The Social Security Administration runs the Old-Age, Survivors, and Disability Insurance program, which is the largest federal program. It also runs the Supplemental Security Income program. These programs are growing rapidly and are financially unsustainable without major restructuring. Reforms should aim to promote greater reliance on personal savings for funding periods of disability and retirement.
The Social Security Administration will spend $990 billion in 2015, which is about $7,920 for every household in the nation. After adjusting for inflation, spending has increased 59 percent since 2000.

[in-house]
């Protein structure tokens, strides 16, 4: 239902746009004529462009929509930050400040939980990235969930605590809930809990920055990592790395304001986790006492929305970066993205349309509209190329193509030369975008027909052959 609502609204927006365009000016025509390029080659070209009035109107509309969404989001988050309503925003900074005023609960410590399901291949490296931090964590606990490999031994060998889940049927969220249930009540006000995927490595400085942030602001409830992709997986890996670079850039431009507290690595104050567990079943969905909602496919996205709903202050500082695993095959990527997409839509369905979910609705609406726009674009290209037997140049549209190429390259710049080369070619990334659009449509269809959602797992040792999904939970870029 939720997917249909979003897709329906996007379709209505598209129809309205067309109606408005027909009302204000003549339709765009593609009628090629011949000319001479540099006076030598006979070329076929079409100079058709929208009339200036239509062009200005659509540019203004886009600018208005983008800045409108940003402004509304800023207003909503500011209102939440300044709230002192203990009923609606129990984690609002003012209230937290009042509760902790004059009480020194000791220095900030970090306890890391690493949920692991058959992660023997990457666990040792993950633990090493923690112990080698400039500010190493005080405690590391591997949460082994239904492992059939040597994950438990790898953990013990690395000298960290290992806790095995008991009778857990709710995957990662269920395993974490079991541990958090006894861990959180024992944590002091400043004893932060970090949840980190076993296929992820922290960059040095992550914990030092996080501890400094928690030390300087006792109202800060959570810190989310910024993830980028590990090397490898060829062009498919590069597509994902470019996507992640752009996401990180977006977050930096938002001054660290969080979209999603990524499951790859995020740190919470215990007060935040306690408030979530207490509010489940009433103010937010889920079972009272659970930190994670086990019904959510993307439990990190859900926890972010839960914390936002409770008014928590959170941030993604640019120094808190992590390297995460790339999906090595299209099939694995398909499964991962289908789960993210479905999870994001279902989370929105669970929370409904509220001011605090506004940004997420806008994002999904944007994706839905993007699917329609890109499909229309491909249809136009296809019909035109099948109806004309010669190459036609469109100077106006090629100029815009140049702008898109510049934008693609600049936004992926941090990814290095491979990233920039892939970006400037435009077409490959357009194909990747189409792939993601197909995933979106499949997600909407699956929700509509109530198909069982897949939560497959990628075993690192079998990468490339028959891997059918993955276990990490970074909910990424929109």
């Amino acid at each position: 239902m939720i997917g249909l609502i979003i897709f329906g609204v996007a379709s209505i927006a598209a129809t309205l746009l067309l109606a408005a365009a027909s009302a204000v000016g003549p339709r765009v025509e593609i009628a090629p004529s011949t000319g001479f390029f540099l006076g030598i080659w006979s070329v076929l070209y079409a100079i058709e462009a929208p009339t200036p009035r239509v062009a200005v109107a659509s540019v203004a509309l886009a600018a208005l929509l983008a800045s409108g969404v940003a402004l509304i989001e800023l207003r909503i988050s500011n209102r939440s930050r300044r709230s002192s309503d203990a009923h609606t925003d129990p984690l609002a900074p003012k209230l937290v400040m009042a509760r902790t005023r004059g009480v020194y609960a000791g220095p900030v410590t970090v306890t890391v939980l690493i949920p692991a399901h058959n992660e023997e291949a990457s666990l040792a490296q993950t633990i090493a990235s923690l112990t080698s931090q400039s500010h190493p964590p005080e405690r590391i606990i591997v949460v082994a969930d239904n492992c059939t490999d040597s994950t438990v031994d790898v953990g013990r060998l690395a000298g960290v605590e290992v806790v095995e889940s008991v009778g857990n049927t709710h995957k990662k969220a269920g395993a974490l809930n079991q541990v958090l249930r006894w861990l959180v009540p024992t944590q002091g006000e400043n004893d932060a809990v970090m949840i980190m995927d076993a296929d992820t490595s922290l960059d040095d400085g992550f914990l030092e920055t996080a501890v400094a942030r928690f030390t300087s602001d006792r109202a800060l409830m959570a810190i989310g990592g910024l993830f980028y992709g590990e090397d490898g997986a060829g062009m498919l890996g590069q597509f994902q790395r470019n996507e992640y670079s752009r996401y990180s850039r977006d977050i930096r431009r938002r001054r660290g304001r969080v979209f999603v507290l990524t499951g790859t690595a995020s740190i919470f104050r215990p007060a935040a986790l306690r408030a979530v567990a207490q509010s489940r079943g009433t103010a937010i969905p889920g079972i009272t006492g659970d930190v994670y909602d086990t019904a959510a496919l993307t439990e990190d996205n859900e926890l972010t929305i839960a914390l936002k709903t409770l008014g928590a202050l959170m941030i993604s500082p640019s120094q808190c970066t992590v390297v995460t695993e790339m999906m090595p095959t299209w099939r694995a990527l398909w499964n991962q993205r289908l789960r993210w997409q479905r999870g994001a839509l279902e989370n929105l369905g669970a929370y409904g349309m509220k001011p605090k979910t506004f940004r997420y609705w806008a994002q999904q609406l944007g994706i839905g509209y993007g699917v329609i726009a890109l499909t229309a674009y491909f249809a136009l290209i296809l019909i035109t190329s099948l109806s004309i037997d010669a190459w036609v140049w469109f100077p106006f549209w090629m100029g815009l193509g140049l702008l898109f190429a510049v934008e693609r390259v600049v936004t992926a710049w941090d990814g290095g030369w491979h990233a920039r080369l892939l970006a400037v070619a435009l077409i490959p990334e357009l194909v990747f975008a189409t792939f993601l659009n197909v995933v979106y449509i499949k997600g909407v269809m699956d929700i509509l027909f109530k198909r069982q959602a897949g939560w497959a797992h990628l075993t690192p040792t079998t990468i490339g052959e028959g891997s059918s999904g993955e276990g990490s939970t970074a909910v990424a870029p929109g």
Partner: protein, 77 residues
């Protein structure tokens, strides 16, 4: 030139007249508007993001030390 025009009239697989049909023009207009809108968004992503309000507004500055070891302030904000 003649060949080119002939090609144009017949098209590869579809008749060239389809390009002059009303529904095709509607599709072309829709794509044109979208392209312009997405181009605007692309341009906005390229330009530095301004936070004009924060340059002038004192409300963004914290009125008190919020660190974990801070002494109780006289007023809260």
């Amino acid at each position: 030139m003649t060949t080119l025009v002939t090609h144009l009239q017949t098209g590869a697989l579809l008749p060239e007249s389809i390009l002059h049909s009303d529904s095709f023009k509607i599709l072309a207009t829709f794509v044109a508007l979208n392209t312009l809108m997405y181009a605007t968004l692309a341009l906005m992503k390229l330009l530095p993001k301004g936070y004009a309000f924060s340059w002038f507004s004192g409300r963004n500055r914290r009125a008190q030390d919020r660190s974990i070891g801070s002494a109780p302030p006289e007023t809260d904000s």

- Social Security Retirement. Social Security faces a huge financing gap because of its pay-as-you-go structure and the aging of the U.S. population. It should be transitioned to a system of personal savings accounts, which would increase individual financial security and help to avert future tax increases.
- Social Security Disability Insurance. Growing numbers of Americans are receiving disability benefits, and the system is subject to major abuses. Policymakers should tighten eligibility for the program and explore ways to move it to the private sector.
- Supplemental Security Income. This program for low-income and disabled individuals suffers from similar abuses and overspending problems as Social Security Disability Insurance. The financing and administration of Supplemental Security Income should be devolved to the states.
- Milton Friedman on Social Security, Hoover Digest, April 30, 1999.